On this episode of Ecolution, Evie meets Donal Griffin, marine policy officer for Fair Seas Ireland as well as one of the co-leads of the Irish Basking Shark Group and Sibéal Regan of the Irish Whale and Dolphin Group.
Together they shine a light on the creatures large and small that call Irish waters home, at least for part of the year. And, how we can spot them while still allowing them the space and respect they deserve.
Plus, youth IWDG member Alissa hops on a boat out of Baltimore in Cork to see what she can spot on a whale watching expedition.
The waters may be getting colder, but we've just come out of the end of a summer that many of us spent on the beach, or at least close to the water. Because, as an island nation, we really get a lot out of the seas that surround us. And sometimes that means we take too much as well.
Ireland’s Coast is home to a wealth of flora and fauna, from tiny organisms like plankton to far larger creatures like Whales and Sharks.
From the peaceful Basking Shark to the Fin Whale, the second largest creature in the sea, each has a place in the rich tapestry of biodiversity that resides in our Oceans.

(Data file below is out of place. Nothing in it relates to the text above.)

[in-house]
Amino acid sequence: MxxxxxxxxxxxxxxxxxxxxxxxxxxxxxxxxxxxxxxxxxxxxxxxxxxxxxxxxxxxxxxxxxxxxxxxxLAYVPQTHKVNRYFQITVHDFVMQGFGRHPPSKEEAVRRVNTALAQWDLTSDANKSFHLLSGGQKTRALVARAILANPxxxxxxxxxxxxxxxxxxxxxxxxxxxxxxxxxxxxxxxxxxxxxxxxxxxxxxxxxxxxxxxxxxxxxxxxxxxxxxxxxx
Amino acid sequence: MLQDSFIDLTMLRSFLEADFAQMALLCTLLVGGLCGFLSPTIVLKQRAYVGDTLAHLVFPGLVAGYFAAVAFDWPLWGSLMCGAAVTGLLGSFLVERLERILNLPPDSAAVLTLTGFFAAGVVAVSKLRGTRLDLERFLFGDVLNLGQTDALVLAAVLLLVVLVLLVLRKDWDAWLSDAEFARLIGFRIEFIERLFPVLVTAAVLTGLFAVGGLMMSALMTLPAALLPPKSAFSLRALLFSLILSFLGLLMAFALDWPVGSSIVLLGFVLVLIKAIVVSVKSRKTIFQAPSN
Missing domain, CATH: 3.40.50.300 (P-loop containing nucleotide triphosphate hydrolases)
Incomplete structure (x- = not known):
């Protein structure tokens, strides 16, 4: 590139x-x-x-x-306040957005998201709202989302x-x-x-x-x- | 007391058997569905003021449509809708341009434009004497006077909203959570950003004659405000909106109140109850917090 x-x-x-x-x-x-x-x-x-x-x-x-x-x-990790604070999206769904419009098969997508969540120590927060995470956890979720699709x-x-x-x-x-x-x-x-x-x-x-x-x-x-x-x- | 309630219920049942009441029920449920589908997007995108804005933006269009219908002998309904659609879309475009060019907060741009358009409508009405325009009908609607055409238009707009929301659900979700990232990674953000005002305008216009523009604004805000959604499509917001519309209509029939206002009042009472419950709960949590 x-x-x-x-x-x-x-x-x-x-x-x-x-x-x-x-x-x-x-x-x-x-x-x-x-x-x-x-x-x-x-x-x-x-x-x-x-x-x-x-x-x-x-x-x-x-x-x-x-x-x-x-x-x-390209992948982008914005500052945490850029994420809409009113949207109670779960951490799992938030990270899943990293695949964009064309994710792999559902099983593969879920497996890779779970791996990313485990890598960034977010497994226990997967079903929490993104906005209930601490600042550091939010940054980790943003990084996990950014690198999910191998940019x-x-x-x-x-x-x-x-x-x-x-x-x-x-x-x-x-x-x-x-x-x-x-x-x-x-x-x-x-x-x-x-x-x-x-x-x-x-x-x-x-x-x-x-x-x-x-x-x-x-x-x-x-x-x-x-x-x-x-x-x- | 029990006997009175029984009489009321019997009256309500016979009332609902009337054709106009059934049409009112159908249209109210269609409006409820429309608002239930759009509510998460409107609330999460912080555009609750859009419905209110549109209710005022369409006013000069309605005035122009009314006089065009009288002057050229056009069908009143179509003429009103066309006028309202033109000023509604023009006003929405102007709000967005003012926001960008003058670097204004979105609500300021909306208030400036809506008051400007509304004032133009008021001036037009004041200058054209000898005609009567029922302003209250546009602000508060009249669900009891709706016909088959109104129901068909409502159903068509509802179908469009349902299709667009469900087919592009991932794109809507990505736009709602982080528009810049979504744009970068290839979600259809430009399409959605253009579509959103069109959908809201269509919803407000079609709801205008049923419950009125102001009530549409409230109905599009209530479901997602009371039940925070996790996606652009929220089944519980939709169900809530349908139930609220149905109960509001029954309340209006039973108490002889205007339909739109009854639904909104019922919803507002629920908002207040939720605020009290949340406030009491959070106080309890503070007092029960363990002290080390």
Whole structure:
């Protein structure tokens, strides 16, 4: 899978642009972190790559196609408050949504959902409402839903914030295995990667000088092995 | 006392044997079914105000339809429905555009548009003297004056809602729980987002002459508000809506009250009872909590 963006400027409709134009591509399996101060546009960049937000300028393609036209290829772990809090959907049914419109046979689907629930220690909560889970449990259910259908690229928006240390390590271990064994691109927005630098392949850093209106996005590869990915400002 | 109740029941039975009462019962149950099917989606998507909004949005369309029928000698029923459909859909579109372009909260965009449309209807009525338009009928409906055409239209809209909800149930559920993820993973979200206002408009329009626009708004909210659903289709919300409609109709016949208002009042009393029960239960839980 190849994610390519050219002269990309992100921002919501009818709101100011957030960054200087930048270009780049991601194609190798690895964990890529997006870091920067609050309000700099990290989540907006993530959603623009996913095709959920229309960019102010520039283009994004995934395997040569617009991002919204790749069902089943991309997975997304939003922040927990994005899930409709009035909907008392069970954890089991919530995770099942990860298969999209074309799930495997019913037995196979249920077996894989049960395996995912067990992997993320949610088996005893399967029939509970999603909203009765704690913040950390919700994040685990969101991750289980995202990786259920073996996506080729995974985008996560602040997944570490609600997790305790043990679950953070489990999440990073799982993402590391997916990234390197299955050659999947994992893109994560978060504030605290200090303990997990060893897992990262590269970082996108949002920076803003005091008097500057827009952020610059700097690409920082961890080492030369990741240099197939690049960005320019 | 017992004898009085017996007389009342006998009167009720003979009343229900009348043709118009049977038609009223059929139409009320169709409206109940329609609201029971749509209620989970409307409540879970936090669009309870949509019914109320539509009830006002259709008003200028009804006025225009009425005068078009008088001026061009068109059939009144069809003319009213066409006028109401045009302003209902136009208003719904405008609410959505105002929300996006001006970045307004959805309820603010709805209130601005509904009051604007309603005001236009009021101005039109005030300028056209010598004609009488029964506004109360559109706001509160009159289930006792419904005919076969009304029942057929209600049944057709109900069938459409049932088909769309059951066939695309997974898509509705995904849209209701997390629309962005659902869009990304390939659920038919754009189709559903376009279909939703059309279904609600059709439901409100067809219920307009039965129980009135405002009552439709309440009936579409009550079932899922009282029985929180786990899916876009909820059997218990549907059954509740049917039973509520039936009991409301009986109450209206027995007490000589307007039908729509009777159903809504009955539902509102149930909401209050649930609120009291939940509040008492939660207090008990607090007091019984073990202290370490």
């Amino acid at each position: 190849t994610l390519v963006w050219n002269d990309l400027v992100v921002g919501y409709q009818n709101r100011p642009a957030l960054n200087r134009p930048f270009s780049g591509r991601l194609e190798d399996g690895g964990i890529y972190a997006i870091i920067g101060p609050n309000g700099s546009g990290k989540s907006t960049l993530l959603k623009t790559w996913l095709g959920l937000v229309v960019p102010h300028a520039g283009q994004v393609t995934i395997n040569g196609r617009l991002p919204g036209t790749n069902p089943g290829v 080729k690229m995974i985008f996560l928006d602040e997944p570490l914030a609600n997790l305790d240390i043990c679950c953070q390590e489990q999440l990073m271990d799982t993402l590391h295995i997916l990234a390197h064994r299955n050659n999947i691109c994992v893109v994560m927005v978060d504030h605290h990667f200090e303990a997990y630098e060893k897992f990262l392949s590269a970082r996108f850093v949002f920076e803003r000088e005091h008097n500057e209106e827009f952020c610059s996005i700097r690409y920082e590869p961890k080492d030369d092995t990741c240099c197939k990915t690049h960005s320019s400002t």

Currently only 2.1% of the seas around Ireland’s are officially protected as Marine Protected Areas. The 2020 Programme for Government included a commitment to expand Ireland’s network of MPAs to 10% of its maritime area as soon as is practical, aiming for 30% coverage by 2030.
But, the language means that this is still open to interpretation.
Fair Seas, a coalition of Ireland’s leading environmental non-governmental organisations (eNGOs) and environmental networks are calling for 30% of Ireland’s ocean territory to be fully protected by 2030, as this is our greatest chance at restoring ocean health and we must act now. And they’ve identified key areas that would give marine life the greatest chance of recovery.
Whether you’re spotting them from the coast or floating quietly closer to them, the majesty offered by the giants of our oceans is breath-taking. Habitat loss and destruction is something we can spot on land. Every time we see a tree cut down or a wetland drained. But the suffering of our oceans is altogether less visible. But, Safeguarding those habitats underwater has never been more important.
To find out more about the Fair Seas Campaign head to fairseas.ie.
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